Outside the day-to-day work, most interns develop an appreciation for the outdoors, especially in that rugged and beautiful territory. “Part of Al’s original intent was to give students the experience of being out West,” said Rob Van Kirk, senior scientist at HFF. “That has really been a successful component of the program. I think all of the interns I have met are quite moved and influenced by that experience.”
Jon Stiehl and Rich Paini, both Class of ’93, were so enamored with the Henry’s Fork that they built a business there, TroutHunter Lodge. It started as a small fly shop and guide service; today it is one of the world’s foremost outfitters. Stiehl credits their internship at the HFF with setting them on that path.
“It was such a cool, eye-opening experience,” he said. “It changed the course of my life in a really valuable way.”
An Intangible Dimension
The success of the Knight program over three decades can be measured by the number of young lives changed, and by the impact their work has had on the environment through those nonprofit organizations. None of that would have been possible, however, without the network of people who have lovingly shepherded it through the years.
McDaniel and Murchison have helped to administer the program from Lexington since its inception, as has W&L wrestling coach Gary Franke, who also owns a home on the Henry’s Fork. In a twist, McDaniel now works every summer as a fly-fishing guide for TroutHunter Lodge. Kirk Follo, instructor emeritus of German and Italian, who served as Outing Club adviser during his time at W&L, was also involved.
Al Knight’s involvement in and enthusiasm for the program has never flagged. He and his wife, Gail (Paul’s mother, Betsey, passed away a few years after his death), travel to their own summer place in Idaho every year to meet the interns and see what they are learning. When it became difficult to find summer housing in the area for the interns, the Knights bought a four-bedroom condo to accommodate them.
In 2009, when Al Knight decided to contact all of the alumni who had interned in the program thus far, he was showered with responses of deep gratitude.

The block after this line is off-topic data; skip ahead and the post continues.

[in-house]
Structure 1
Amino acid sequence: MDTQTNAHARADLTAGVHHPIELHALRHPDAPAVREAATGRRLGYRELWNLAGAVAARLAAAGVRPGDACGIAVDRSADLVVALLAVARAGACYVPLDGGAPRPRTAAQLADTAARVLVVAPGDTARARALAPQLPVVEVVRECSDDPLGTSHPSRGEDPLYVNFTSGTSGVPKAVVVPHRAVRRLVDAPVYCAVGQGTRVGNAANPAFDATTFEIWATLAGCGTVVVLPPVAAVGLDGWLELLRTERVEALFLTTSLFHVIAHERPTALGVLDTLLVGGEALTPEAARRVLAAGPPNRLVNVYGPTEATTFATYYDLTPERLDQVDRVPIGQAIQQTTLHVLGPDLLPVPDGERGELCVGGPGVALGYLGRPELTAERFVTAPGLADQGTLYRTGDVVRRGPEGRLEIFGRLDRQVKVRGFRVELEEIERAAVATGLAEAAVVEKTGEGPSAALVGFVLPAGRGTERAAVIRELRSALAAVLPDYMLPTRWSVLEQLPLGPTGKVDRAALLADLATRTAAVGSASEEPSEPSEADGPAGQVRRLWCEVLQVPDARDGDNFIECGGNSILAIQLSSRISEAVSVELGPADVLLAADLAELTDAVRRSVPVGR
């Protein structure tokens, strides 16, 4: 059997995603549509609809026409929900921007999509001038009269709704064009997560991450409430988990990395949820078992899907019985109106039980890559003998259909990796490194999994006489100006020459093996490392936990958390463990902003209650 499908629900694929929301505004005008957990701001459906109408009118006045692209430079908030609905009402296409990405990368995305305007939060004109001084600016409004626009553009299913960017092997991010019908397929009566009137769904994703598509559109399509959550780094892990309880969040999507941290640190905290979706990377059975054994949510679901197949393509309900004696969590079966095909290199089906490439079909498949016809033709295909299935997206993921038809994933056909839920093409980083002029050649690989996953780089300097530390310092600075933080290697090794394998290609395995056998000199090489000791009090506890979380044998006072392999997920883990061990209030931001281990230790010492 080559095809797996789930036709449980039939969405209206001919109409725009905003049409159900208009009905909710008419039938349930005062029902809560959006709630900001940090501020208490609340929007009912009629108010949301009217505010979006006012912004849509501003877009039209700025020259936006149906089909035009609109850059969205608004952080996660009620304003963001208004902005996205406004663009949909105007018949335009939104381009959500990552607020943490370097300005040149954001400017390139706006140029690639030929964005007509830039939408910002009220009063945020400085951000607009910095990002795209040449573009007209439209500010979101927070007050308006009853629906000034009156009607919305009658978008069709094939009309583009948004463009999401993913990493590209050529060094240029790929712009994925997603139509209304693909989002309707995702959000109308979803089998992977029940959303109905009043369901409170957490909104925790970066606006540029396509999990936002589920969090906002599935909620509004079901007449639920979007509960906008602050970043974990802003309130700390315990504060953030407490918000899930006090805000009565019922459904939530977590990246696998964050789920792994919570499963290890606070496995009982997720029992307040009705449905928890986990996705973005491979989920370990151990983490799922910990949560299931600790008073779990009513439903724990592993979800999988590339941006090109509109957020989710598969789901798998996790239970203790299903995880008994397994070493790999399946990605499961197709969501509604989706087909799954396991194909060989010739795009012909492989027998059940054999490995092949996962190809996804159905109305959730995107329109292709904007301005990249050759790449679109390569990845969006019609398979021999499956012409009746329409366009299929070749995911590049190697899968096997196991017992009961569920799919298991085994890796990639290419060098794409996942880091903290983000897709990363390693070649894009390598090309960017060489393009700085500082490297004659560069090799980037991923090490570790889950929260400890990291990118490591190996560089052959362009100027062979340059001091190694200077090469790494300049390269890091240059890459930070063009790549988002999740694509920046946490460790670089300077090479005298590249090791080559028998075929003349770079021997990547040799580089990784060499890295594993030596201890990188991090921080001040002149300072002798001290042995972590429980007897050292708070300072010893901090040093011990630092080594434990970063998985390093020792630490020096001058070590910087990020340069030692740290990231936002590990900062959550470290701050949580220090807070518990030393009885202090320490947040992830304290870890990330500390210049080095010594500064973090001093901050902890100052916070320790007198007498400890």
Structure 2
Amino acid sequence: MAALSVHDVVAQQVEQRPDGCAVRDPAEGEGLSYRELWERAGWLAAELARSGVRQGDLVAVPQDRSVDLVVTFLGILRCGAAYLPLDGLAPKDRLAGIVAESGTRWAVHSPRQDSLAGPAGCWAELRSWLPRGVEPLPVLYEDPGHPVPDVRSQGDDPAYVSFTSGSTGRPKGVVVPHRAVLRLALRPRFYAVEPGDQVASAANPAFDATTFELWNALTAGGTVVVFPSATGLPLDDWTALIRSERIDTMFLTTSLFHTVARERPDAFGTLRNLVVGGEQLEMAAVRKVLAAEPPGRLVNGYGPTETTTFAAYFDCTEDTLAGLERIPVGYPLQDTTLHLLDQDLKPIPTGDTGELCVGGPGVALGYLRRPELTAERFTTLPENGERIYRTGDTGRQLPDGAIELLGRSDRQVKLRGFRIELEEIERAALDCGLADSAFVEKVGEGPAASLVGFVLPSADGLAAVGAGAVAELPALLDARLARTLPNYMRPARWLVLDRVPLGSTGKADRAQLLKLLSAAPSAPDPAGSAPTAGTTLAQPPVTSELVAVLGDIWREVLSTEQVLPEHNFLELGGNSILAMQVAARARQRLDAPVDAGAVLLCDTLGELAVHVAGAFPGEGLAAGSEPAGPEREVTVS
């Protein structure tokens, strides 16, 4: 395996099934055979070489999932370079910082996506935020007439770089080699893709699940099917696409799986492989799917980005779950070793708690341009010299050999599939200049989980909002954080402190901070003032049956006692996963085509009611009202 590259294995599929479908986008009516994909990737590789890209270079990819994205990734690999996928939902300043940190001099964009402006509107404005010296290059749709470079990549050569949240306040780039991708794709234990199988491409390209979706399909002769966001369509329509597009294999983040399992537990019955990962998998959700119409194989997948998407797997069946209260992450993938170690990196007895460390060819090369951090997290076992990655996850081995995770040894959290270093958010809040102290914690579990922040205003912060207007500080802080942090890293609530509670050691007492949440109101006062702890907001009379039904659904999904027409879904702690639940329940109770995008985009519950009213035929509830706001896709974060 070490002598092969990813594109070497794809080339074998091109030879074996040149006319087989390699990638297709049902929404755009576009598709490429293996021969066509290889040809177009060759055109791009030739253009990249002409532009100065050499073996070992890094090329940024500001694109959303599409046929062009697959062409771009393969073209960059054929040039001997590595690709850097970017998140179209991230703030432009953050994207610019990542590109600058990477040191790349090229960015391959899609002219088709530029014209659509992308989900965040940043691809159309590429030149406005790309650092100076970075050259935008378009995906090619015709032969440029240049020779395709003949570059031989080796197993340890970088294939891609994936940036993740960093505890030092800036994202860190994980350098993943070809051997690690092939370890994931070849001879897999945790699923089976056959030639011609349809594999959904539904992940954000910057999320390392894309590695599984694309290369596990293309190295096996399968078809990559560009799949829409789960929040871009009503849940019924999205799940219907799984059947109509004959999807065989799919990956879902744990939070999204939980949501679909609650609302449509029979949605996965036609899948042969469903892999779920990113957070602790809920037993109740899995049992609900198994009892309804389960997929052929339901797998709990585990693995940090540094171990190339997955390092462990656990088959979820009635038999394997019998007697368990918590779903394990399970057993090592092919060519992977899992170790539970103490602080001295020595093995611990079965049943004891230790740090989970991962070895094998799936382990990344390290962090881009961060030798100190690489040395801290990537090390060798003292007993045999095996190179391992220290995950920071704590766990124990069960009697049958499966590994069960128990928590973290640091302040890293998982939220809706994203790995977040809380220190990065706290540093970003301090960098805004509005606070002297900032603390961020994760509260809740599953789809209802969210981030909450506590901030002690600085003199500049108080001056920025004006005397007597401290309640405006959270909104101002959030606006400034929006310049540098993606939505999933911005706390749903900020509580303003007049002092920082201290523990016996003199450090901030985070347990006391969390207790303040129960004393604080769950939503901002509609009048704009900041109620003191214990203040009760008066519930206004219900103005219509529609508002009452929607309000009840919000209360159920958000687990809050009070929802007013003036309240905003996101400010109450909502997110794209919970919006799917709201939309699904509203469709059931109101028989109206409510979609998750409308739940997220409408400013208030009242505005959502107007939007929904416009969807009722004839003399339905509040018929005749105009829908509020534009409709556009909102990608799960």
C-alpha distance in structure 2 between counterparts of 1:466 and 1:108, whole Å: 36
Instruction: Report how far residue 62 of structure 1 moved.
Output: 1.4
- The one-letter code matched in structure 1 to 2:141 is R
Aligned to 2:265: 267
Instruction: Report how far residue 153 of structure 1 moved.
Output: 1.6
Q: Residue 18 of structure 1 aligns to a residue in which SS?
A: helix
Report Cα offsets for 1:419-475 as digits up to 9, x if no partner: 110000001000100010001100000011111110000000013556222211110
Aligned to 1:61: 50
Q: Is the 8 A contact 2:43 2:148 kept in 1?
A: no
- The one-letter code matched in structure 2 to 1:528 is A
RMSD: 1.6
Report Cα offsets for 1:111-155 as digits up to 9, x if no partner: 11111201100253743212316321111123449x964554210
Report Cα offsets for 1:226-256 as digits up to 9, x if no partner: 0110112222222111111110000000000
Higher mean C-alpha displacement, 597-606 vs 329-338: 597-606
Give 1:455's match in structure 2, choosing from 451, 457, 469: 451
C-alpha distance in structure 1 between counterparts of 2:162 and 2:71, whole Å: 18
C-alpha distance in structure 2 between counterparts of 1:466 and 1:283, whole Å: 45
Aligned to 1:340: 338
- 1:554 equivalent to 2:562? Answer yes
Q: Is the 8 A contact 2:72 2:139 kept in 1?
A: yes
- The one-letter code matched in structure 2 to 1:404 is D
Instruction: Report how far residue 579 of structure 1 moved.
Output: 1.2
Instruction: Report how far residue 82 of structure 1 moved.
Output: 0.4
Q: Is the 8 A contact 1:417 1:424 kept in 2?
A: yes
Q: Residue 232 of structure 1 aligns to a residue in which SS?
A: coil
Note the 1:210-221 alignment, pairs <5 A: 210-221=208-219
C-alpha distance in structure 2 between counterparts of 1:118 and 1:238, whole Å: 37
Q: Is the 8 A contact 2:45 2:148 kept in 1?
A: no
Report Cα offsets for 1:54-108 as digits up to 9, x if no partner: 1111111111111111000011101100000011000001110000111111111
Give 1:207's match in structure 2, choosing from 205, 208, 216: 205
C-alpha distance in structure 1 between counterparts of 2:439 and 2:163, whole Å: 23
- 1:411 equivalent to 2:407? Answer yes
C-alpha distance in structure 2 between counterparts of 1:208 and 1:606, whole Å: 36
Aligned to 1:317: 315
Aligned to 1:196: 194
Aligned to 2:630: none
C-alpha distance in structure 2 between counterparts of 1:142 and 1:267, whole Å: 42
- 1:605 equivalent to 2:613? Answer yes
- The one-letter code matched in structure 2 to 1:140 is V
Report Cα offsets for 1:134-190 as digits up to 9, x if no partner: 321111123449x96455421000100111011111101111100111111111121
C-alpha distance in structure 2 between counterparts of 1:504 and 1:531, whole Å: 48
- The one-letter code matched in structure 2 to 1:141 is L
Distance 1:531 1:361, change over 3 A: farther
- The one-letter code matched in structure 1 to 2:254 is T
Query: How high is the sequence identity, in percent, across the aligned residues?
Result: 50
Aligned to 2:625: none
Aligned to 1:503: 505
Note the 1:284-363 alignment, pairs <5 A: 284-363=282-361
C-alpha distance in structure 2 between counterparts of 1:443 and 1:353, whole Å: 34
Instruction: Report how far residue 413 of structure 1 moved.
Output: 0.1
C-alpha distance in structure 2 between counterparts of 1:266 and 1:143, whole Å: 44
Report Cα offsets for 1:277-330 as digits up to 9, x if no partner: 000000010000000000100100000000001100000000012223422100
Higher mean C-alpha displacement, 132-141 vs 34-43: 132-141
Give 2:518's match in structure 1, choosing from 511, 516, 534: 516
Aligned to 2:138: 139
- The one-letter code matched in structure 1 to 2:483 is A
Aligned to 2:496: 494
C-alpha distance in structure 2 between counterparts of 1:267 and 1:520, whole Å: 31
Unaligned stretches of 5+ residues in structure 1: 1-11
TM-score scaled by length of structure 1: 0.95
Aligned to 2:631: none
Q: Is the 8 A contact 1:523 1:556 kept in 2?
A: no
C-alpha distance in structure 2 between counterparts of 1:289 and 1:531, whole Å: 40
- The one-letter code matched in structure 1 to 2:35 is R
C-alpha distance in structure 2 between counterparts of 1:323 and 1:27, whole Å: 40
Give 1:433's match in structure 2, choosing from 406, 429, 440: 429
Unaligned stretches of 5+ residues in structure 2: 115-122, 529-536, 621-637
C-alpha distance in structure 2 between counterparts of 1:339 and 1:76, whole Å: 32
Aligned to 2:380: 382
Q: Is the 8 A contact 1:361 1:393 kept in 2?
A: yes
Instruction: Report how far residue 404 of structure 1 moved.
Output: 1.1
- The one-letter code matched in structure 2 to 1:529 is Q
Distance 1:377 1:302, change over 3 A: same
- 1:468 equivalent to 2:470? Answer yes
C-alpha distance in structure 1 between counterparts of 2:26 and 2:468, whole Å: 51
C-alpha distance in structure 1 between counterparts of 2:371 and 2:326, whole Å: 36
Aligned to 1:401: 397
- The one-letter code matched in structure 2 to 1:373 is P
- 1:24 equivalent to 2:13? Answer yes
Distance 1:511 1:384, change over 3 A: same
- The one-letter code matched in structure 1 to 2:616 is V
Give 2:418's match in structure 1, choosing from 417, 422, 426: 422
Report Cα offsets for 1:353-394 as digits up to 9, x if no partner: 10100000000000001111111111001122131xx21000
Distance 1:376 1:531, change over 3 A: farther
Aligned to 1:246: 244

“To me, one of the phenomenal things about the program was how important it was to the Knights, and the extent to which the W&L students seemed to instinctively know that,” McDaniel said. “They would extend their relationship with the Knights beyond their three months in Idaho, and I was always stunned by the long, thoughtful letters they would write about how important the program was to them.”
Liz Todd, who calls Al and Gail Knight “the most fantastic humans,” feels forever indebted to them. “To offer that scholarship at no cost, in addition to a quite generous stipend, means it is a financially plausible experience for almost any student,” she said.
For Knight, the benefit is clear: “I think it sort of gives me a tie back to Paul, meeting people who are young and vibrant,” he said.
On the 25th anniversary of the program, Chris Brand ’89, a former Knight intern who serves on the HFF board of directors, organized a reunion of interns and their families. The crowd of more than 550 treated the Knights, McDaniels and Frankes to a standing ovation. In 2017, the Friends of Harriman State Park awarded the Turkey Feather Award to Al and Gail Knight for their impact on the organization.
“This is the most human and involved fellowship that I have seen at W&L,” said Murchison. “I’m sure there are others that are comparable, but Al Knight’s level of personal engagement really adds this intangible dimension to the whole thing. So I think we should all be grateful to him for what he has done.”
For more information about the A. Paul Knight Internship Program in Conservation, please click here.